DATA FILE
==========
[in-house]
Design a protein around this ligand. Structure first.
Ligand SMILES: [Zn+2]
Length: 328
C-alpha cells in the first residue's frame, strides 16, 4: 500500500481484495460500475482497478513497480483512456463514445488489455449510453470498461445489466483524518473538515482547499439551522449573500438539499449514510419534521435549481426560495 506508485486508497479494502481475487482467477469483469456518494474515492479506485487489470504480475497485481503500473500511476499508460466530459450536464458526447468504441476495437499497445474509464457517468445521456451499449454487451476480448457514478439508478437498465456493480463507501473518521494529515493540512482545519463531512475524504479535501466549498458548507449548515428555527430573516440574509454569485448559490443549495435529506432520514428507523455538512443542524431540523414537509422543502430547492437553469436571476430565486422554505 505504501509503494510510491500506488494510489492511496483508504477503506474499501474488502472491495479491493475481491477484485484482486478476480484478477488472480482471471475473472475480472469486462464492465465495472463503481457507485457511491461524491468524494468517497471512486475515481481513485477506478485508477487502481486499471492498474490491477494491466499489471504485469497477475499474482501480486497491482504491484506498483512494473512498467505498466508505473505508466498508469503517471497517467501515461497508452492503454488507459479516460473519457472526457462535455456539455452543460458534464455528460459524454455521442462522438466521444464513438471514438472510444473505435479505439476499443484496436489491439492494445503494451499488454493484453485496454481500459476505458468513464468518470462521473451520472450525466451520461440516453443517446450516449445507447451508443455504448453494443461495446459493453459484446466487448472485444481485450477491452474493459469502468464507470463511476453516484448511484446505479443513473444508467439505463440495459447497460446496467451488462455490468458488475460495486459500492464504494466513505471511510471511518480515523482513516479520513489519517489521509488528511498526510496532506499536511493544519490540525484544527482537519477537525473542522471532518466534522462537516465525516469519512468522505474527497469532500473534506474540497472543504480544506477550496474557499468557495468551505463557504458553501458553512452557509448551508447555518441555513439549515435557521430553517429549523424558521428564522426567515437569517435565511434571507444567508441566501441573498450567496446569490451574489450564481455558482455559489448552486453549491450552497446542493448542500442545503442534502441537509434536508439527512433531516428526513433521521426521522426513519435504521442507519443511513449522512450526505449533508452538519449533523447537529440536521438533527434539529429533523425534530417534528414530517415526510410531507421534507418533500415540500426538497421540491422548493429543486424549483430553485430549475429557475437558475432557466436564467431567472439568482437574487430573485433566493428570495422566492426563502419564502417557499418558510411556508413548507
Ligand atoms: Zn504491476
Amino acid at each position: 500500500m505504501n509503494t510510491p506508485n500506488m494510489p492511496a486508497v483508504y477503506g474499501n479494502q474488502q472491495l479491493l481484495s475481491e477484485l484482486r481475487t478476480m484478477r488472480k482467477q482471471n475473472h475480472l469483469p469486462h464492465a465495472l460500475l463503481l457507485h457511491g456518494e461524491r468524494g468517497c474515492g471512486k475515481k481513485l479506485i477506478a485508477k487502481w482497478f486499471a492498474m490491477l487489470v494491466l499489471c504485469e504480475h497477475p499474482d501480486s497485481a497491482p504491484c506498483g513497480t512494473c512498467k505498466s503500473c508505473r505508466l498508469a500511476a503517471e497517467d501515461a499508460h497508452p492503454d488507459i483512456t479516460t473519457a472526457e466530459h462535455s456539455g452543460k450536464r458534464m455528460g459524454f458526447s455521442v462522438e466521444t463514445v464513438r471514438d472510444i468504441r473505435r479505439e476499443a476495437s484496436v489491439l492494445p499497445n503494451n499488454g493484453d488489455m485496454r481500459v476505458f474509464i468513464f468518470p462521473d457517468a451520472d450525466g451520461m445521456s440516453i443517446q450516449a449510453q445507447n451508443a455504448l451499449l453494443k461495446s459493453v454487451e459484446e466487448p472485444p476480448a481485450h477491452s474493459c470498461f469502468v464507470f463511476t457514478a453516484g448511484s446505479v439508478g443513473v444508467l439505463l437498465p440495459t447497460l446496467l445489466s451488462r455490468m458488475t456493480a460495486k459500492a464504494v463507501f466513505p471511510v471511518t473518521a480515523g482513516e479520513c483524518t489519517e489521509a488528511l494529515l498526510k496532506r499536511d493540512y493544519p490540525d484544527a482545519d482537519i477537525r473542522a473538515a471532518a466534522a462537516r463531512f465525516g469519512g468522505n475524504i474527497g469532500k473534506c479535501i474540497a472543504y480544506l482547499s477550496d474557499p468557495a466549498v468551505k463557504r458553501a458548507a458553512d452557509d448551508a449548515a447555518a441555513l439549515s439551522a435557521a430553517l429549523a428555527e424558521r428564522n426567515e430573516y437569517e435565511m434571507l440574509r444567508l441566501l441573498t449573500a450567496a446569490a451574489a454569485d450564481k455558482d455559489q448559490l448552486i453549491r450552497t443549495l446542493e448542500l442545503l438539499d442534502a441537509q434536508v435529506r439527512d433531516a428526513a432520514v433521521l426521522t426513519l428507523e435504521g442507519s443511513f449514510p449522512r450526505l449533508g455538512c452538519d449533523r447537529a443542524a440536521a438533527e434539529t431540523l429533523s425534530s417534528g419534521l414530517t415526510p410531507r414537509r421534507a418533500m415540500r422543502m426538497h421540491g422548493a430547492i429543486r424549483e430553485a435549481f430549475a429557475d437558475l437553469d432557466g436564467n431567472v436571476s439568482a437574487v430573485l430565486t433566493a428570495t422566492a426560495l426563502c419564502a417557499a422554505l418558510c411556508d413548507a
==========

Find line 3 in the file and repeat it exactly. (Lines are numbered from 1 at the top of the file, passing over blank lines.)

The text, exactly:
Ligand SMILES: [Zn+2]